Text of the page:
Officially in our fifth week of lockdown and the novelty is, if we’re honest, starting to wear off.
We’ve started to not only accept but actively adjust to the new norms and whilst no-one wants this to last longer than it needs to, talk is starting, with seriousness, of whether we want to return to the same world as before.
Politicians from both the UK and Germany have called for a “green” recovery, along with business leaders from all over Europe. Speaking at the Petersburg Climate Dialogue, UK Business Secretary Alok Sharma has said that the Paris Agreement and Sustainable Development Goals “are a very strong framework to guide our recovery”.
In Scotland, there are already calls for mandatory Climate Change lessons for MSPs and business leaders.
Who’d have thought that even after you’ve grown up and got a job leading your country, you might still have to sign into geography class?
However, since Scotland has also issued severe drought warnings, it may be needed.
Post-Covid recovery and how it will impact us professionally was one of the point of conversation in our webinar yesterday with Sarah Divall of Sustainable Change organisation, Hubbub.
If you missed it, do listen on demand as Sarah shared loads of tips on change management and embedding good practise into everyday work. If you’re interested in learning more about the SDGs, I’ll be covering these in a webinar for Inspired Energy in May – they are hosting loads of great webinars next month and my personal picks are an Update on Net Zero from BEIS and identifying energy wastage to reduce costs.
We also have another upcoming ICON webinar on Futureproofing for Electric Vehicles: the interoperability challenge. Our Guest Expert, Jeremy Yapp is Head of Flexible Energy Systems at BEAMA and sits on the Mayor of London’s EV Infrastructure Taskforce so this should be very informative.
With all good intentions on a green recovery in mind, it’s quite timely that BEIS have a few new consultations out. The consultation on the Future for Low Carbon Heat sets out proposals for two things that will immediately impact energy managers.
A Clean Heat Grant is proposed to provide funding for heat pumps and biomass up to 45kW after the closure of the non-domestic RHI. Biomass will only be supported in certain restricted scenarios due to air quality and carbon abatement concerns. This is expected to begin in April 2022 and will be open for two years.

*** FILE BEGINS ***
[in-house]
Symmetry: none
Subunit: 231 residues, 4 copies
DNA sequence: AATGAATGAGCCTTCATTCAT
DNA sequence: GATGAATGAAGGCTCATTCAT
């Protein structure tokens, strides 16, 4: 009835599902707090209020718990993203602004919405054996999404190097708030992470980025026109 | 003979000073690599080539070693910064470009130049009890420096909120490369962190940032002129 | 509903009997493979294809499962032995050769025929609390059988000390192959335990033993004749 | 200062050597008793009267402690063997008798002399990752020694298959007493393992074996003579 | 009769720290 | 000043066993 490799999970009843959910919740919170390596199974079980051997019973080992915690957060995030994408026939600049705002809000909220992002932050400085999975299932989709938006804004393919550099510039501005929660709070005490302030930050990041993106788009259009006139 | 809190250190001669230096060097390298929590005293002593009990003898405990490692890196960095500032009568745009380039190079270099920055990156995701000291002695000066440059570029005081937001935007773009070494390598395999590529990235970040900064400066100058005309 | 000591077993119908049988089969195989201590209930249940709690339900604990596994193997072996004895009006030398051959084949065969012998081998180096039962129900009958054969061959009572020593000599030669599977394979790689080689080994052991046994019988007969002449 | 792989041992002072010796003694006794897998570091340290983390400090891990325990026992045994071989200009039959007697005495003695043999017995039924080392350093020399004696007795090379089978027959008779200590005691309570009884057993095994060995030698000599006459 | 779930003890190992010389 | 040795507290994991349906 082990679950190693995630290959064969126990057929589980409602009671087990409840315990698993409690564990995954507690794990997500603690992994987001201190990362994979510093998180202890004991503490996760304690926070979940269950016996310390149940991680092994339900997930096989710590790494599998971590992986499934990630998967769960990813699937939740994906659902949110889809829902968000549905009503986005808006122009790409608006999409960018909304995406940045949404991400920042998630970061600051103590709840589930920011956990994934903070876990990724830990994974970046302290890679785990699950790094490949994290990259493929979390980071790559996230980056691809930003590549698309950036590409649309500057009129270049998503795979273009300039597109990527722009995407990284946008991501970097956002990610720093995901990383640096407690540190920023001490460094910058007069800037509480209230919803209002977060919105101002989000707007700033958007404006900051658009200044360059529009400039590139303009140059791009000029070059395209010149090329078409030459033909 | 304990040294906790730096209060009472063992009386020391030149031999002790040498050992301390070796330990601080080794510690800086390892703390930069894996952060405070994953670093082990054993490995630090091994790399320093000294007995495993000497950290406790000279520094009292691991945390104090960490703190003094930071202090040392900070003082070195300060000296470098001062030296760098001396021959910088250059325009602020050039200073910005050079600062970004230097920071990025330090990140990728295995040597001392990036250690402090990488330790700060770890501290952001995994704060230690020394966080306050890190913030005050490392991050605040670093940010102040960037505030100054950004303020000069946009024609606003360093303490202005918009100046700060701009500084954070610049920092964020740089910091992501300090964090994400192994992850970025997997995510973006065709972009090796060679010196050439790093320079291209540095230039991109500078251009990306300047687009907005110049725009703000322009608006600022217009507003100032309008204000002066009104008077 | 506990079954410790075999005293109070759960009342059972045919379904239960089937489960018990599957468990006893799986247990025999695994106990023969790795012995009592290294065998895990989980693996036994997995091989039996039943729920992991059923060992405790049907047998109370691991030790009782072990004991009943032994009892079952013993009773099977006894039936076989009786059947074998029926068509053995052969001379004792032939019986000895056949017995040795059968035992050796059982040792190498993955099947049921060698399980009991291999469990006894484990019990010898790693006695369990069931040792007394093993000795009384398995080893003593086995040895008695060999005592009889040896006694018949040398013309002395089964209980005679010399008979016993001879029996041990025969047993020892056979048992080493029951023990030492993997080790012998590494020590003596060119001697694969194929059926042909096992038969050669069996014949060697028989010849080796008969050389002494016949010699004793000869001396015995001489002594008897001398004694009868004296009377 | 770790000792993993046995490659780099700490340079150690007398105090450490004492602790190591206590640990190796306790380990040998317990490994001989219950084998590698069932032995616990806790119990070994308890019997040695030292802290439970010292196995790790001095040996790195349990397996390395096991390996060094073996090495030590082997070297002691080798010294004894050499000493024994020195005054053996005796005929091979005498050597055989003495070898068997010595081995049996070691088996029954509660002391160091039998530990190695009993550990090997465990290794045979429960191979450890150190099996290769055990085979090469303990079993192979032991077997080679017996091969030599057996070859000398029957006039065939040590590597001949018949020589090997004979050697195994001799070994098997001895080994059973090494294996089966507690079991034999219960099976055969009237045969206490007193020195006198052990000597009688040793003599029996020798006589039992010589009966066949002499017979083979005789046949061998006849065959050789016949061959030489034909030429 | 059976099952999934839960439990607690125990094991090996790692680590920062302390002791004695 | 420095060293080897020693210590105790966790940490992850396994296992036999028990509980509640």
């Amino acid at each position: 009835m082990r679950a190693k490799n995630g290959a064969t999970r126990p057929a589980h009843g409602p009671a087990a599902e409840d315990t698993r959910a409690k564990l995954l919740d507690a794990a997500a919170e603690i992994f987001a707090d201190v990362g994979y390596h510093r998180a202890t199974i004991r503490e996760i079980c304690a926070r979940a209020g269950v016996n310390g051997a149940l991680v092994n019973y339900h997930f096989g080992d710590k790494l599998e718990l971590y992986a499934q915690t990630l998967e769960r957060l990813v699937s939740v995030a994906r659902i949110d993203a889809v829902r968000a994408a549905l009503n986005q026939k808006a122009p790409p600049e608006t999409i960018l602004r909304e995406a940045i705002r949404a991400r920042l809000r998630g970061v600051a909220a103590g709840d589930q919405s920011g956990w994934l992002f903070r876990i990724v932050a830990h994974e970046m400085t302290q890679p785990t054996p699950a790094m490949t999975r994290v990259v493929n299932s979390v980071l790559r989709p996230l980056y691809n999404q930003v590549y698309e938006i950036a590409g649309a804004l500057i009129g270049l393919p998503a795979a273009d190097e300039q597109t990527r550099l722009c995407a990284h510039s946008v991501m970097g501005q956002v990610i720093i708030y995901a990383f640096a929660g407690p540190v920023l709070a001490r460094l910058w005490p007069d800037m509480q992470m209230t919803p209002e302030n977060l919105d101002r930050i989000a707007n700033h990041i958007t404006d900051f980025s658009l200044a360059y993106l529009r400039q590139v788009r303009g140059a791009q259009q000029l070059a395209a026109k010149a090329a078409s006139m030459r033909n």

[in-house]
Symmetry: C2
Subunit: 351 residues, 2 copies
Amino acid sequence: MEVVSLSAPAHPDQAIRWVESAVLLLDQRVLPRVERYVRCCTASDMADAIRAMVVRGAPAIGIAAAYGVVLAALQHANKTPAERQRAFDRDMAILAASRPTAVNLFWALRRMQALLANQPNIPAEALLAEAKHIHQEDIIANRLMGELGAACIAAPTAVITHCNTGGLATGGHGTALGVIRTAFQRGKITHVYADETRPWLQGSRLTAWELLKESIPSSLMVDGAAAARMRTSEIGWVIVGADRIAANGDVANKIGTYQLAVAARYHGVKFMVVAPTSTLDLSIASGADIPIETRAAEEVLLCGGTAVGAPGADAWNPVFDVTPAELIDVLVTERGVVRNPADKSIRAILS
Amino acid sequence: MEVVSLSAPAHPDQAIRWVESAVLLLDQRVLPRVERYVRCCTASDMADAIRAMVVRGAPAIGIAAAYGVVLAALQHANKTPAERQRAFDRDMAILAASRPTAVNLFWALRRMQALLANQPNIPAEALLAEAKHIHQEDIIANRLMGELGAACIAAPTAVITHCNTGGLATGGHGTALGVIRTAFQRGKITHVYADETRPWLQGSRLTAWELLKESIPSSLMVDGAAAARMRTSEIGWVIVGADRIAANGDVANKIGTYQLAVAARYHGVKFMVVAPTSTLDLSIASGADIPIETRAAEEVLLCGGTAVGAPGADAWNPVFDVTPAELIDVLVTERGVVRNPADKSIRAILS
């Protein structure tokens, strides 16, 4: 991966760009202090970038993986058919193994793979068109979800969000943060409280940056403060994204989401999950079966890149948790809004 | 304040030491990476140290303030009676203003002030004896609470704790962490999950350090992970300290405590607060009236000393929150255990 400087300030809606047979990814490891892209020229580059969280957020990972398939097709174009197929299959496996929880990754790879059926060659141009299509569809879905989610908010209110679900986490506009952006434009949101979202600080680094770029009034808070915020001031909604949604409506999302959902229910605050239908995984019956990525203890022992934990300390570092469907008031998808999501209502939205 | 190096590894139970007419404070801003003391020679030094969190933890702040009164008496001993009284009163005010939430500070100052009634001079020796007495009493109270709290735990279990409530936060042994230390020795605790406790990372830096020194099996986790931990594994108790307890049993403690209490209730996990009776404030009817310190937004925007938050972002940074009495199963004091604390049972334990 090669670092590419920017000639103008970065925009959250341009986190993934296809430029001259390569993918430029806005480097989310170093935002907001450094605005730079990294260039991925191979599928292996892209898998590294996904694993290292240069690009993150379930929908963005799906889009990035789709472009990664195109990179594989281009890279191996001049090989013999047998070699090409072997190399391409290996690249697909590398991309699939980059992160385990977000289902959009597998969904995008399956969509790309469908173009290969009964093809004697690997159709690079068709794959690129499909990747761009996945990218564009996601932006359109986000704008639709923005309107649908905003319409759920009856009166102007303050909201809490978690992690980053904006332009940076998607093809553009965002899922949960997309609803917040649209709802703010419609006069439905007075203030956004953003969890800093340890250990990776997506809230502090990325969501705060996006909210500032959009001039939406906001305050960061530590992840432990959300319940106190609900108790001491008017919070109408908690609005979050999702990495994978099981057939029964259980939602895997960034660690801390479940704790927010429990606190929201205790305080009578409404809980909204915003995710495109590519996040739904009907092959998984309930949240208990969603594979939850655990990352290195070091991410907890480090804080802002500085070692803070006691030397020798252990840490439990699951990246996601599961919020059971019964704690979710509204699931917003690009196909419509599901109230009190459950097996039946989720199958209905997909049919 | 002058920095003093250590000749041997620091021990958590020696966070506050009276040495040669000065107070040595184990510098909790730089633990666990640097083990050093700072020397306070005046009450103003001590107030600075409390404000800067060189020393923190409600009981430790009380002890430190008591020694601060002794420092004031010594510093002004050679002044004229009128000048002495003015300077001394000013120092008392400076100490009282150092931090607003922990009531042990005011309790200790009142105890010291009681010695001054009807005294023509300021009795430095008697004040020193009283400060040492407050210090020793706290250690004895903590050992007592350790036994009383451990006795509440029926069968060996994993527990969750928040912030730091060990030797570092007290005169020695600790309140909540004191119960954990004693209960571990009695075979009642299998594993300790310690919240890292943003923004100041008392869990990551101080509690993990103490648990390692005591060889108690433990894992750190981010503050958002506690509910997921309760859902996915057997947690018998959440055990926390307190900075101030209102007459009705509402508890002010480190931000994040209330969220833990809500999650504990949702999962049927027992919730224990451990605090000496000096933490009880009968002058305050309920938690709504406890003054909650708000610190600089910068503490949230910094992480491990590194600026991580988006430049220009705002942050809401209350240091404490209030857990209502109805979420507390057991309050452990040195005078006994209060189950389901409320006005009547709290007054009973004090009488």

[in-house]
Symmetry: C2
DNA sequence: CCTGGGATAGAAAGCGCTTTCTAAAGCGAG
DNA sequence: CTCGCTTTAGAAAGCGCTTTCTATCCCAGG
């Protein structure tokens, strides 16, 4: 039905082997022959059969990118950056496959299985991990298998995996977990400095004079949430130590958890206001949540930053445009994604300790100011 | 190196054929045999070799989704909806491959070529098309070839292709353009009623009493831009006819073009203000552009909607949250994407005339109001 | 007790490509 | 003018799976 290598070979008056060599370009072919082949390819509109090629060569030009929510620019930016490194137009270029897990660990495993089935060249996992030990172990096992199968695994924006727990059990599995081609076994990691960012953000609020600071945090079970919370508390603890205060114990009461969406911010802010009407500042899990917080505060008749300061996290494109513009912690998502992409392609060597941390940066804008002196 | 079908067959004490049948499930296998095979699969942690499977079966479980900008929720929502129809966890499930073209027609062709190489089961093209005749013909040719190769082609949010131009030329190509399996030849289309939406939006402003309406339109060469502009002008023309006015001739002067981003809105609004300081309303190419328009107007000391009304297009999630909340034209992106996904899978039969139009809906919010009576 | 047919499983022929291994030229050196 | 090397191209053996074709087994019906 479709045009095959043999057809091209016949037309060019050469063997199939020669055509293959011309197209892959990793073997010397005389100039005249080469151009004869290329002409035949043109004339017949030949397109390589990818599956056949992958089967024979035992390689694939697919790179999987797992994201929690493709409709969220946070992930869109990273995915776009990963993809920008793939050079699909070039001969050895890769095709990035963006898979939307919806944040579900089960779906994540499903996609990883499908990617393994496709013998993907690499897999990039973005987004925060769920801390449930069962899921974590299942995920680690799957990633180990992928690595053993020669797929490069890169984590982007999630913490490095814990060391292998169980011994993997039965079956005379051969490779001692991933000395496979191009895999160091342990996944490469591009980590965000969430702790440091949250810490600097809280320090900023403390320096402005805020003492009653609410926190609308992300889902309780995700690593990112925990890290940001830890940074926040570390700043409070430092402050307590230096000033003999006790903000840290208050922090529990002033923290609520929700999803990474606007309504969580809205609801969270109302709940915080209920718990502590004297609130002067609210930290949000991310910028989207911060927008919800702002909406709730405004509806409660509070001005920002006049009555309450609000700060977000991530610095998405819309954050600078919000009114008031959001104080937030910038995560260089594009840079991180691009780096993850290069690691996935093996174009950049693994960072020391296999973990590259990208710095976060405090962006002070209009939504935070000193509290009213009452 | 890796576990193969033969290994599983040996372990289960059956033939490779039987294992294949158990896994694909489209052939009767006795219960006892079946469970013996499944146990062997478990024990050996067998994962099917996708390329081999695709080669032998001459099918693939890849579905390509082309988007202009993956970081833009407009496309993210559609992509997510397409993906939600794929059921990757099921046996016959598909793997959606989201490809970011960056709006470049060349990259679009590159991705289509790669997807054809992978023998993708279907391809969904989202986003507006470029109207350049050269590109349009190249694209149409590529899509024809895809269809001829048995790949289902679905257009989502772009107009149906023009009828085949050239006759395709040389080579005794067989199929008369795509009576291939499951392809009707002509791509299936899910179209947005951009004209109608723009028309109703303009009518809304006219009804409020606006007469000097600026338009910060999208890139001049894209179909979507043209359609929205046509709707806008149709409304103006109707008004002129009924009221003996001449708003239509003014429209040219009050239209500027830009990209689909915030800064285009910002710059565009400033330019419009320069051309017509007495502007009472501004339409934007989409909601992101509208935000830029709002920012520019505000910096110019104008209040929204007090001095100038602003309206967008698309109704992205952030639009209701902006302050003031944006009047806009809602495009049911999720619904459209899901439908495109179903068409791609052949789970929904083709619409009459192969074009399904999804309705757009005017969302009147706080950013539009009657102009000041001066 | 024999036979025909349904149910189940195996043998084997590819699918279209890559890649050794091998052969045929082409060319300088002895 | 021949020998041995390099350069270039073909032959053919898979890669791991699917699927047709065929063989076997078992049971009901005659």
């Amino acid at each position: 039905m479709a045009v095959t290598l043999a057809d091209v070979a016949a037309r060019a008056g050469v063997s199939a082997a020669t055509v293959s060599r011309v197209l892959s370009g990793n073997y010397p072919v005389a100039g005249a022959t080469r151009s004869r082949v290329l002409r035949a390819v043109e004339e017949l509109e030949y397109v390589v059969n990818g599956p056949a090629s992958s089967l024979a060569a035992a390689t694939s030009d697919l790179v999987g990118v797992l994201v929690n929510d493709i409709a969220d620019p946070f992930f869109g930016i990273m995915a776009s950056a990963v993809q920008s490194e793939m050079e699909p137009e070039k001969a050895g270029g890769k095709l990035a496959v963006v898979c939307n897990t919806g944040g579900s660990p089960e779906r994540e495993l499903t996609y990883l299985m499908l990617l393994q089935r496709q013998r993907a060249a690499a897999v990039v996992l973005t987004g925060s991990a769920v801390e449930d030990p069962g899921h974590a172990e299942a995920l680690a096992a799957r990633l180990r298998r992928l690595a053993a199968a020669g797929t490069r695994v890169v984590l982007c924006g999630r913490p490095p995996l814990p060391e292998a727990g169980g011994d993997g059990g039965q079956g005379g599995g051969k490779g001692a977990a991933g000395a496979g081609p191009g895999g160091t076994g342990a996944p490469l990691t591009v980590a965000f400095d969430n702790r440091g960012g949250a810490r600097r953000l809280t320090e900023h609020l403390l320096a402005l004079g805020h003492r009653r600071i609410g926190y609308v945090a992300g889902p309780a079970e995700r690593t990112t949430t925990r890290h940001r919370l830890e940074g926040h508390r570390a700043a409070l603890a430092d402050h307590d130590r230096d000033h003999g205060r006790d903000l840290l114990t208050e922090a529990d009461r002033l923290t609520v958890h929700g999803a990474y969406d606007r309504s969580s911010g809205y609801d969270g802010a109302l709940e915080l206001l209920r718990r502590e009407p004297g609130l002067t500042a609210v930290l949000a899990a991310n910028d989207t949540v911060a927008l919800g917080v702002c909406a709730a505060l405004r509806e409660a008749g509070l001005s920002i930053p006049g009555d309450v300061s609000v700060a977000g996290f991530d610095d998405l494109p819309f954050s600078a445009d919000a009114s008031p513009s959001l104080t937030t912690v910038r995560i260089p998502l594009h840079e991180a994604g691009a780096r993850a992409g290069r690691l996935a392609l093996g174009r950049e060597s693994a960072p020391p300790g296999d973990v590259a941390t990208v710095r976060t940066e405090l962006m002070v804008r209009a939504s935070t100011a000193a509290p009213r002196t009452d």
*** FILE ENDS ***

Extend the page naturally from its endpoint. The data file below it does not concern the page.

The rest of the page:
The government also wants to support green gas so has outlined support for biomethane injection into the gas grid under a snappily titled Green Gas Support Scheme. The good news? This will be funded through a Green Gas Levy on consumer bills.
We do love a good levy.
This is expected to start in the next financial year (2021/22) and will provide tariff payments back to green gas producers, like the Contracts for Difference which support green power.
ICON will be hosting a consultation call on this to explain the proposals and share our draft response. It’s booked for Tuesday 16th June at 10am. If you want to join in, please email [email protected]
In Scotland they also have a consultation out, looking specifically at heating in the domestic sector and how to better support take-up of low carbon options. This one is worth a look for Social Housing and Local Authority readers in Scotland.
The Energy Systems Catapult may already have insights on this as they have just published a report on Understanding Net Zero: A Consumer Perspective. From a survey of over 2,000 individuals and organisations they conclude that meeting our carbon budgets and NZ target is achievable and that end-user behaviour is key to this happening.
Cue the way for many more policies to support flexibility.
For example, the latest move from the DCUSA panel (Distribution network Connections and Use of System Agreement). They are voting this week on whether to create publicly available registers of all distributed energy resources above 1MW (generation, storage and demand management) that provide network flexibility.
This will include things like your MPAN, Address and Type of Technology.
Whilst some may see this as an invasion of privacy, it would make it easier for end-users to see where others nearby have complementary technologies and to agree shared access rights, subject to the ongoing Ofgem review on Network Access (see the ICON reports from last April and November for updates).
We’re keeping constant tabs on this as I know the various Ofgem reviews – Targeted Charges, Network Access and Balancing Services will impact us all once the changes start hitting our electricity bills.
One policy which has been very effective at controlling costs on energy bills whilst supporting energy efficiency is the Climate Change Agreement scheme. BEIS are consulting on whether to extend and how to replace this scheme – which is covered in last week’s policy review.
We are hosting another conference call on the CCA consultation on Thursday 28th May at 10am. Again, please email [email protected] to get involved.
For example, in Spain, they have set out proposals to make Power Purchase Agreements mandatory for Energy Intensive consumers – is this something we should be looking to do?
As sunny weather combined with restricted travel has led to new records for coal-free generation and production of solar power, the decisions on how we achieve the Green Recovery that Alok Sharma desires are going to be fundamental to how the energy sector and all sectors operate once more.
I, for one, am hoping that we manage to protect both the environment and the economy.
It can be done.
Yours in hope,
For more information, or to download this week’s full report, please log onto the ICON app.